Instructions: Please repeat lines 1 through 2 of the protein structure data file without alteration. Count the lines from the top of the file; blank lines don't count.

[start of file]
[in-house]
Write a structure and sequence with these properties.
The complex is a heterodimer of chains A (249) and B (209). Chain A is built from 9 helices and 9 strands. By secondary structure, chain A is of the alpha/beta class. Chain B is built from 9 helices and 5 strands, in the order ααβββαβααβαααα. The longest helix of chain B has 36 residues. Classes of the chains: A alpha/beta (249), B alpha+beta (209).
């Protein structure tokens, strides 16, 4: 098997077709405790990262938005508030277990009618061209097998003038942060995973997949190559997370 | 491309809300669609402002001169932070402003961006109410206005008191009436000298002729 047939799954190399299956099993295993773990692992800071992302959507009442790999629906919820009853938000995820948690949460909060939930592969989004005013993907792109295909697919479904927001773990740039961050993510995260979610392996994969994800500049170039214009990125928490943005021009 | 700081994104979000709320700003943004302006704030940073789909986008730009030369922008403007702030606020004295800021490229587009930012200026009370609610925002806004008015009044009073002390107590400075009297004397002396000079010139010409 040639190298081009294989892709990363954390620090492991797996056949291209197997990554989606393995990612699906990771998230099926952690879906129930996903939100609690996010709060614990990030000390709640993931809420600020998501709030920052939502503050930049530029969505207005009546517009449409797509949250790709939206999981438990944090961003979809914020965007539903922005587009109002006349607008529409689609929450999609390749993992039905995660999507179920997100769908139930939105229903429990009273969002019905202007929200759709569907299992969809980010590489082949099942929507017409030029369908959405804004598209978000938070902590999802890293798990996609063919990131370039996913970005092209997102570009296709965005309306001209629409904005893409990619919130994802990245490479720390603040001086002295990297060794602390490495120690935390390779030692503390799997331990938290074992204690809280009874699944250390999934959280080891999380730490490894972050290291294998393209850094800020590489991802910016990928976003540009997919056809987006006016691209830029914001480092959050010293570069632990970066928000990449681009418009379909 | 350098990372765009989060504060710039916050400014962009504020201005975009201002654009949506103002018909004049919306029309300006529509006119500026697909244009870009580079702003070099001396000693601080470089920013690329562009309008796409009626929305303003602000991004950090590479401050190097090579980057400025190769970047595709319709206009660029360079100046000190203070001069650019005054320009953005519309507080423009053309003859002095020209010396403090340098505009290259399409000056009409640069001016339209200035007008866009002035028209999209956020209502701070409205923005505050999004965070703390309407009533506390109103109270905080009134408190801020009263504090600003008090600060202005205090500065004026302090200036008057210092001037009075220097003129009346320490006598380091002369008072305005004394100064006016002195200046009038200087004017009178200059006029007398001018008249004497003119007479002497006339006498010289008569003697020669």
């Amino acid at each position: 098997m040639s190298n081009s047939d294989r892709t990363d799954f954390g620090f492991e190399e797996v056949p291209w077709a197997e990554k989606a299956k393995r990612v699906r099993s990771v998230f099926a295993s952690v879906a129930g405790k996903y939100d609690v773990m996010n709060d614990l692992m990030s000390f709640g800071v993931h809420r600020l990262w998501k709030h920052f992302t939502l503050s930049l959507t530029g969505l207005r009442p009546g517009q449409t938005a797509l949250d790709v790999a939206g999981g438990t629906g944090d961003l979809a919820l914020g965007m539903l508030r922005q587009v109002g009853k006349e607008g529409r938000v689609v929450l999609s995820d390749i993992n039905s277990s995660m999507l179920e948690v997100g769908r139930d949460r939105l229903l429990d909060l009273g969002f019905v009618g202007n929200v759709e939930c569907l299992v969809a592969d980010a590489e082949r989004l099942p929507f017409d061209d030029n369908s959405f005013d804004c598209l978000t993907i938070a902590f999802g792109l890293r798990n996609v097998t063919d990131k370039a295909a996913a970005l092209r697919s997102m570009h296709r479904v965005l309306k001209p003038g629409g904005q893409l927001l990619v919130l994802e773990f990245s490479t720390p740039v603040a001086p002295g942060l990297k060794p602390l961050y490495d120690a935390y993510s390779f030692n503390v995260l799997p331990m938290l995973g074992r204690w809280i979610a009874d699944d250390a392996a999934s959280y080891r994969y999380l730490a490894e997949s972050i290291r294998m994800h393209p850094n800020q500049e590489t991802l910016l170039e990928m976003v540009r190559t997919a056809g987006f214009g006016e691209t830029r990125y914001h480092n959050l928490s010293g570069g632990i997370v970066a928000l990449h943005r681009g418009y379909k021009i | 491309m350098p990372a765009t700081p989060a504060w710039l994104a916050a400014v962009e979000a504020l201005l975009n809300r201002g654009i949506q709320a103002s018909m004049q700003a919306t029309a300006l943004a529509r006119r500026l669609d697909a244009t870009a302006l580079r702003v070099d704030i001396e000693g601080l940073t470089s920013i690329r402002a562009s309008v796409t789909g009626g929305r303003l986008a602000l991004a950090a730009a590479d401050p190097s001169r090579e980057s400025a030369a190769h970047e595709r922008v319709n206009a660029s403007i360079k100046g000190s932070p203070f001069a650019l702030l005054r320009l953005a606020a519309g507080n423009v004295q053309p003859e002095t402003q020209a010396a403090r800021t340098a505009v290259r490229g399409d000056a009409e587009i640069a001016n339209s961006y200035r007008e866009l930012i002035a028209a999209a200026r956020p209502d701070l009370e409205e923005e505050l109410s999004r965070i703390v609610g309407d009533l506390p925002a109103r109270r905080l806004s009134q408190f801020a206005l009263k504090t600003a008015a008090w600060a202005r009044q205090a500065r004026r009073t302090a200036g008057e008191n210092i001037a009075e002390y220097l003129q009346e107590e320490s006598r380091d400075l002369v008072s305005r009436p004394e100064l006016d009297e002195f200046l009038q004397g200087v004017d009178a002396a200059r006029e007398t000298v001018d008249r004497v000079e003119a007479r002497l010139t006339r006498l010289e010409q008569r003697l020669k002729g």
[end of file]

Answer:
[in-house]
Write a structure and sequence with these properties.